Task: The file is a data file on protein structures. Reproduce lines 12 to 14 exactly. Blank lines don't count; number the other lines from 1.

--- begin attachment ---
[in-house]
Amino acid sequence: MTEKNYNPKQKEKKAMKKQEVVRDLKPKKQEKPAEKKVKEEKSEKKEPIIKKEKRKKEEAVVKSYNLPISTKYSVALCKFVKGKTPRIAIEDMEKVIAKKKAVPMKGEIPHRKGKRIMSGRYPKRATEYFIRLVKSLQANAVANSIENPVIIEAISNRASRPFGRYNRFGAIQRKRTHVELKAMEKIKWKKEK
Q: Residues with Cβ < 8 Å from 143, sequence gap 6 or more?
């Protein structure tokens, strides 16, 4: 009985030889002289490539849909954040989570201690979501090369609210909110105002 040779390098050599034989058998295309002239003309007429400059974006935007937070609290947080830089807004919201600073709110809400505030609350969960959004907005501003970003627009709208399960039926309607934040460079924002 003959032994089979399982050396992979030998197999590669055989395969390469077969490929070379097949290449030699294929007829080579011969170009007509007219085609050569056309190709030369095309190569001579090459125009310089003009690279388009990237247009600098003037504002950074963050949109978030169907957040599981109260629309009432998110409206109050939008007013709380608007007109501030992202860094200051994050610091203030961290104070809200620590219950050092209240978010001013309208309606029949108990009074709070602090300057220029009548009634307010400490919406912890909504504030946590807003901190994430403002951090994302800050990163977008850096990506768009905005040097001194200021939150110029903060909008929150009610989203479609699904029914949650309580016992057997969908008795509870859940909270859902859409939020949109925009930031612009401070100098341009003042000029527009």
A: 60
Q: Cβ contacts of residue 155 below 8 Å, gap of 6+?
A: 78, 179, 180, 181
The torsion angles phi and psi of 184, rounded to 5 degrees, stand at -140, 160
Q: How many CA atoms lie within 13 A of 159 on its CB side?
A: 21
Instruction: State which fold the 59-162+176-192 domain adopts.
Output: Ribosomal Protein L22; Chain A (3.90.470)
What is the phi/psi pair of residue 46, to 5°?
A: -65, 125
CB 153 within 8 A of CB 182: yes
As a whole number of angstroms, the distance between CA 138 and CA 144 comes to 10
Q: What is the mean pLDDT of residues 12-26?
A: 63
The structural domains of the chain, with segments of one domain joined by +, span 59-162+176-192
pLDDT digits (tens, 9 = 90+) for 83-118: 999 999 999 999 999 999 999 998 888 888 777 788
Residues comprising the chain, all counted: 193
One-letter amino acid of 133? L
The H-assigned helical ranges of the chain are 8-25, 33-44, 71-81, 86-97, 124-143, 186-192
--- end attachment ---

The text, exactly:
Output: Ribosomal Protein L22; Chain A (3.90.470)
What is the phi/psi pair of residue 46, to 5°?
A: -65, 125